Driven: Ford Fiesta Sport Van review

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Looking at the picture of this van, you may come to the conclusion that it is in no way, shape or form a fleet van. But the needs of a modern van fleet are many nowadays and we can think of a few instances where a vehicle like this will be just the ticket.

Many users don’t actually want to drive vans so for, say, a photocopier salesman who really wants a company car and is a valued employee, this vehicle ticks all the right boxes.

The Fiesta Van was upgraded last year as part of Ford’s commitment to replace every single one of its vans with new models in the space of two years.
This particular model is one of the range of Sport vans that Ford offers, whereby the looks are ramped up but the power remains the same. So while employees will be chuffed with their swanky-looking vans, they won’t be able to waste fuel and risk more accidents with excessive speed.
That doesn’t mean to say that this van is slow. The 95bhp on offer is delivered smoothly and gives plenty of acceleration.

Costing £13,670 ex-VAT, the Fiesta Sport Van offers a combined fuel economy figure of 78.5mpg and CO2 emissions of 95g/km from its 1.6 TDCi common rail powerplant, while in the back there is exactly one cubic metre of space and payload of 505kg.

The vehicle features a high standard of specification, including 16-inch alloy wheels, body-coloured side skirts, sports style bumpers and grille, sports seats, scuff plates, a Quickclear heated windscreen, leather-trimmed steering wheel, air-conditioning, power heated and folding mirrors, USB connectivity, front, side and knee airbags and Electronic Stability Control.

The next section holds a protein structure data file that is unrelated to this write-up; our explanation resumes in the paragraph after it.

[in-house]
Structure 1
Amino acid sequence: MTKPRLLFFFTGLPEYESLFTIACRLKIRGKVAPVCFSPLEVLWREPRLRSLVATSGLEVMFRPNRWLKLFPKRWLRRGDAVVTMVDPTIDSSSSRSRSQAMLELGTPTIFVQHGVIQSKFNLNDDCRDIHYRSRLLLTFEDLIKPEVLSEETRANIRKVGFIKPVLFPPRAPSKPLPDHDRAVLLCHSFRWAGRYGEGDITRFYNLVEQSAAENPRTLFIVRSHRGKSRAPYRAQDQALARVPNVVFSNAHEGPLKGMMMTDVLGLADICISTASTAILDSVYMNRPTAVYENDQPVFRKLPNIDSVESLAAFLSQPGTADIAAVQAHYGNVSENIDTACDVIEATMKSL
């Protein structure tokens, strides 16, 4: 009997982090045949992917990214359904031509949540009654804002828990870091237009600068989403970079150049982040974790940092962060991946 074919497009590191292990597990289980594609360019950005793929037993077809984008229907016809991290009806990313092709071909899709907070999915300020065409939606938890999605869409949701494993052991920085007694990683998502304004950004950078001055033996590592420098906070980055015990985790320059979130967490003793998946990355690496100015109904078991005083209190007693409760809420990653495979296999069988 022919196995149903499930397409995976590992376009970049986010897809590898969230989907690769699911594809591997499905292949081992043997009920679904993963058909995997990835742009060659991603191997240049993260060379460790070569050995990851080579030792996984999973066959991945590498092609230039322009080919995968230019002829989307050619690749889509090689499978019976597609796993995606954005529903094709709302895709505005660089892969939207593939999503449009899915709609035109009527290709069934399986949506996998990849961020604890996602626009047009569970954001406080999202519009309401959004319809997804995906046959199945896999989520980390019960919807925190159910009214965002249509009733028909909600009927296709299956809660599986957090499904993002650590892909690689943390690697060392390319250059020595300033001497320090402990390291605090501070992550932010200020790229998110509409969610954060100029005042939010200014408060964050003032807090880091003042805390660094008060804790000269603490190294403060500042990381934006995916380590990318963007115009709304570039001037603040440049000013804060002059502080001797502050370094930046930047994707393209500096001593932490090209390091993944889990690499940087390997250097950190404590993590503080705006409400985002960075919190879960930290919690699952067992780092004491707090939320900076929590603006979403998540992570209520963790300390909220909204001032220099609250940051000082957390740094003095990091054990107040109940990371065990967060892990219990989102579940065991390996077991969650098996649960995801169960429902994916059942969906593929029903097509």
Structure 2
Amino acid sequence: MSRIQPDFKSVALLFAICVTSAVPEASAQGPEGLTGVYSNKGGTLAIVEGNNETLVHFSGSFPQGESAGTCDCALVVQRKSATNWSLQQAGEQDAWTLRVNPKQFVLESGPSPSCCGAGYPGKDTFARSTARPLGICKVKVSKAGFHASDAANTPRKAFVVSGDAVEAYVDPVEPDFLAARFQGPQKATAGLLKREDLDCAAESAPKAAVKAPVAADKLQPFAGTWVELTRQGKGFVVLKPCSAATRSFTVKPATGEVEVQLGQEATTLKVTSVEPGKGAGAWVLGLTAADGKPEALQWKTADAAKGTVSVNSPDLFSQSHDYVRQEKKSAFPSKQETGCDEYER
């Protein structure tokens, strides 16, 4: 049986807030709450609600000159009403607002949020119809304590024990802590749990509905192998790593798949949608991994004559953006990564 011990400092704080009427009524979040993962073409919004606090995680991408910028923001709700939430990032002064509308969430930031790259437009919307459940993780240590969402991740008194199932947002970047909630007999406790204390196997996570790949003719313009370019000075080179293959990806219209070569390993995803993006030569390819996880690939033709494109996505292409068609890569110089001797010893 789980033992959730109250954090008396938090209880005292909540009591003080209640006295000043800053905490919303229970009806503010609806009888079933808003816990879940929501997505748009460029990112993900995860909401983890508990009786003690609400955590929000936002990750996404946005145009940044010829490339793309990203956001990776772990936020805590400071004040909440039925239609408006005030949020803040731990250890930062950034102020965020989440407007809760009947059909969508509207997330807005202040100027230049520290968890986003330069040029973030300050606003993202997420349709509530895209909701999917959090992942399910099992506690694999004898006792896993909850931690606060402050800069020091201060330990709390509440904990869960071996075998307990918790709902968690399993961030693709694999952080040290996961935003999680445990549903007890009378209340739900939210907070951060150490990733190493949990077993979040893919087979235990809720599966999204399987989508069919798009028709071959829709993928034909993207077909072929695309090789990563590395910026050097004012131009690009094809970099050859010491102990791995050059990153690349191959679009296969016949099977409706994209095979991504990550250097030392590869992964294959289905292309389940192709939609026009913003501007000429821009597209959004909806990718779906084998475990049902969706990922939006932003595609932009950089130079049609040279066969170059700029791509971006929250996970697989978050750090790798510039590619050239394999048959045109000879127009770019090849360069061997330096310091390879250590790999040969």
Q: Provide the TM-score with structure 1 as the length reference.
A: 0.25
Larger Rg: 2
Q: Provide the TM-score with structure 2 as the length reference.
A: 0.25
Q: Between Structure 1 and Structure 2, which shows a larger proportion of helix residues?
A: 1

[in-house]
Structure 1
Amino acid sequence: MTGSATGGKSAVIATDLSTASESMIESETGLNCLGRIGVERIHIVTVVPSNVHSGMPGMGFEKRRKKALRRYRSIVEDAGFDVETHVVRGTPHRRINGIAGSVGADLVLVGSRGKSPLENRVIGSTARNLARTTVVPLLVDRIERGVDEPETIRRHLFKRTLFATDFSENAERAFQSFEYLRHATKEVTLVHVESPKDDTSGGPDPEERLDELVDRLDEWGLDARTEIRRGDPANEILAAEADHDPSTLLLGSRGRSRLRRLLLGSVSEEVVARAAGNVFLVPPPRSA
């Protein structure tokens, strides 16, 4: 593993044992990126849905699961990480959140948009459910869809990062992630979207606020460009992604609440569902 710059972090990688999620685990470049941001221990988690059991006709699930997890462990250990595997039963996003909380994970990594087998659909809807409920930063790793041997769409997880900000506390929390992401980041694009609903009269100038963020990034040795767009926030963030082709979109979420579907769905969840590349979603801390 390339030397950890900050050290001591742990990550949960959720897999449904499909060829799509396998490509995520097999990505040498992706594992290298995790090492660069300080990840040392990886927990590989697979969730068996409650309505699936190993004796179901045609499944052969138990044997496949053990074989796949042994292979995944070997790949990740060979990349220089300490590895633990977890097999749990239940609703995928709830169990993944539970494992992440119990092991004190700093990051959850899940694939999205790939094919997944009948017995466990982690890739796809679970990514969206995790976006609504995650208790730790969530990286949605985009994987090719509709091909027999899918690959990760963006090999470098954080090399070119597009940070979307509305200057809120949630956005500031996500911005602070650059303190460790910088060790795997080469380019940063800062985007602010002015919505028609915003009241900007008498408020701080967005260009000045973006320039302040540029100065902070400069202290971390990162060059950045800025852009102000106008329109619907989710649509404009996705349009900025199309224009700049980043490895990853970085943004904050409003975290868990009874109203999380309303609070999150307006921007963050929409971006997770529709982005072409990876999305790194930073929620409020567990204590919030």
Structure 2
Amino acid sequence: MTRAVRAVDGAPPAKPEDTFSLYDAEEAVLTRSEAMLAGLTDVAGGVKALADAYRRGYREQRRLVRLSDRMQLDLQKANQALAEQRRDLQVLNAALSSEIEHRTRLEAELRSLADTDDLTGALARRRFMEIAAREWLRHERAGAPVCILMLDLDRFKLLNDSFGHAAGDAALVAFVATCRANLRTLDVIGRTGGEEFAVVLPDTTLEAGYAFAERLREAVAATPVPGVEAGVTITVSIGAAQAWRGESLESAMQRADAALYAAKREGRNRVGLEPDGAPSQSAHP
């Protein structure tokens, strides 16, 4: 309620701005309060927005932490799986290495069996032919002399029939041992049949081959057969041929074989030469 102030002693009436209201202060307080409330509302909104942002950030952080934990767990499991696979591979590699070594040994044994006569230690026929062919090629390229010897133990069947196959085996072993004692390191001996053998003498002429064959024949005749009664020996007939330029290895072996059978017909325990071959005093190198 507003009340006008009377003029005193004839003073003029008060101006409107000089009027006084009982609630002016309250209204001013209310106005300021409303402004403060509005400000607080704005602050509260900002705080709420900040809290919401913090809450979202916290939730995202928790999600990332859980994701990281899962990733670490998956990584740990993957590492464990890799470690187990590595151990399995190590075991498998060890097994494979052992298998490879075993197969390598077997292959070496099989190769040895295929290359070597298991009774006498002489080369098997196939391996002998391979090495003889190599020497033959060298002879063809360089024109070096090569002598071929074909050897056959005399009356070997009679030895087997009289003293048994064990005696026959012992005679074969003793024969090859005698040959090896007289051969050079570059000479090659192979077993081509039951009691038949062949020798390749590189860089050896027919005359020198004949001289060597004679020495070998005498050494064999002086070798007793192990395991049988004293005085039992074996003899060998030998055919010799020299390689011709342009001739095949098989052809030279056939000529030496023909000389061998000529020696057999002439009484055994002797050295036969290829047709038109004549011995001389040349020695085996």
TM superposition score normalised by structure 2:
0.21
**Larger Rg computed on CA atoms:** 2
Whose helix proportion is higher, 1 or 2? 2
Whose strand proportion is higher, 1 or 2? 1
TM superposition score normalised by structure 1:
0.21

Options include rear parking sensors at £250 and Ford’s Active City Stop system which automatically applies the brakes if it senses an object ahead (£210).

On the ‘wow’ factor scale, this van comes pretty much near the top of the class – it looks fantastic. Parked on my driveway at home I noticed several of my neighbours stopping to take an admiring look.

And, looking at the spec above, there’s a lot to go ‘wow’ about for any driver too, as few employees who use commercial vehicles will ever get so much many goodies.

Climbing aboard, its figure-hugging sports seats make it feel as though you are in a sports car and not a van, although larger drivers might find them rather tight.

Storage space is at a premium but at least there are two coffee cup holders and a wire to plug in smartphones. There’s a half-height solid bulkhead with mesh above it and in the rear the floor is carpeted. However, the lip at the rear means loads cannot be slid in and out.

Even without a solid bulkhead behind there isn’t a lot of noise in the cab and the Fiesta Sport Van has impeccable road manners with taut, pin-sharp handling that proves a joy on the highway. It’s top marks on safety too as electronic stability control comes as standard on this van.

The Active City Stop option is a godsend too. Although I didn’t manage to test it with the Fiesta Sport Van, I’ve tried it on a track with the bigger Transit Connect and it works a treat when faced with the possibility of a rear-end shunt, automatically bringing the vehicle to a safe stop.

On the downside, we didn’t manage to get anywhere near the claimed 78.5mpg during our test week. The best average fuel economy we got from the trip computer was 59.2mpg.

By Trevor Gehlcken

CO2 emissions and fuel consumption data correct at time of writing. The latest figures are available in the Fleet News fuel cost calculator and the company car tax calculator.

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